Galaxy S9 Will Redefine Mobile Cameras: Here's What We Know

Samsung has fired off an invitation confirming that it will unveil the Galaxy S9 flagship smartphone during Mobile World Congress 2018 in Barcelona. The unveiling will be part of Samsung's Galaxy Unpacked event, which will take place at 6PM CET. We'll know all the official details on the phone then, but Samsung has revealed one major detail ahead of time: the Galaxy S9's camera.

Samsung teased the Galaxy S9's camera in its invitation this evening, saying in part, "If a picture is worth a thousand words, the latest member of the Galaxy family has a lot to say...the next generation of Galaxy devices ... reimagines the camera and redefines the way you share your moments."

The announcement follows a new page found on Samsung's semiconductor website a couple days back that details Isocell mobile image sensors. That spurred speculation that the page details technology we'll see officially announced for the Galaxy S9 next month.

Among other things, the site says the new Isocell Fast sensors have faster auto focus with dual-Phase Detecting (PD) and Super PD sensors. The product's 3-stack Fast Readout Sensor (FRS) will enable the camera to record Full HD 1080p video at up to 480fps, giving users access to incredible slow-motion video recording (for a mobile device).

As we've previously noted, an alleged Galaxy S9 retail box that leaked in recent months listed Super Slow-mo as one of the smartphone's key features (a 12MP dual-rear camera is listed, too). That leak also included mention of Phase Detection auto focus, which Samsung details in its Isocell Fast image sensors page.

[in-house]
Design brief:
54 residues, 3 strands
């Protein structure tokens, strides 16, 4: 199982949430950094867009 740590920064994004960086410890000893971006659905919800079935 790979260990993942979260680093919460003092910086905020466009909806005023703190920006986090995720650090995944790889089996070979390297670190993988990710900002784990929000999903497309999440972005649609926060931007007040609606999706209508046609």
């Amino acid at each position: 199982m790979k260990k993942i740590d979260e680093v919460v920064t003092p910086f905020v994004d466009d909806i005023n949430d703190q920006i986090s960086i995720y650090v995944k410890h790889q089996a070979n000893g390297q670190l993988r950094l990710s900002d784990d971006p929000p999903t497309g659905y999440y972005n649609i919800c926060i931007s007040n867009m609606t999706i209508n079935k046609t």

Low-light focus gets a major focus with this new sensor, and so it is possible we'll see the Galaxy S9 boast Pixel-tier (or better) low-light capabilities. Tetracell tech improve lights sensitivity "noticeably," Samsung says in its page, while a Smart WDR feature works like HDR photography, combining multiple exposures into a single image.

One of the most exciting mentions in the Isocell page is "DSLR-like photo experiences" made possible on smartphones. This is thanks to the detailed Isocell Dual sensor tech for dual-camera setups, bringing things like depth effects (such as those seen on the dual-camera iPhones), plus better light sensitivity and sharper brightness.

Whether any of these features — or which among them — will be offered in the Galaxy S9 is still not confirmed, but all signs point toward that being the case. We'll know for sure on February 25, so stay tuned!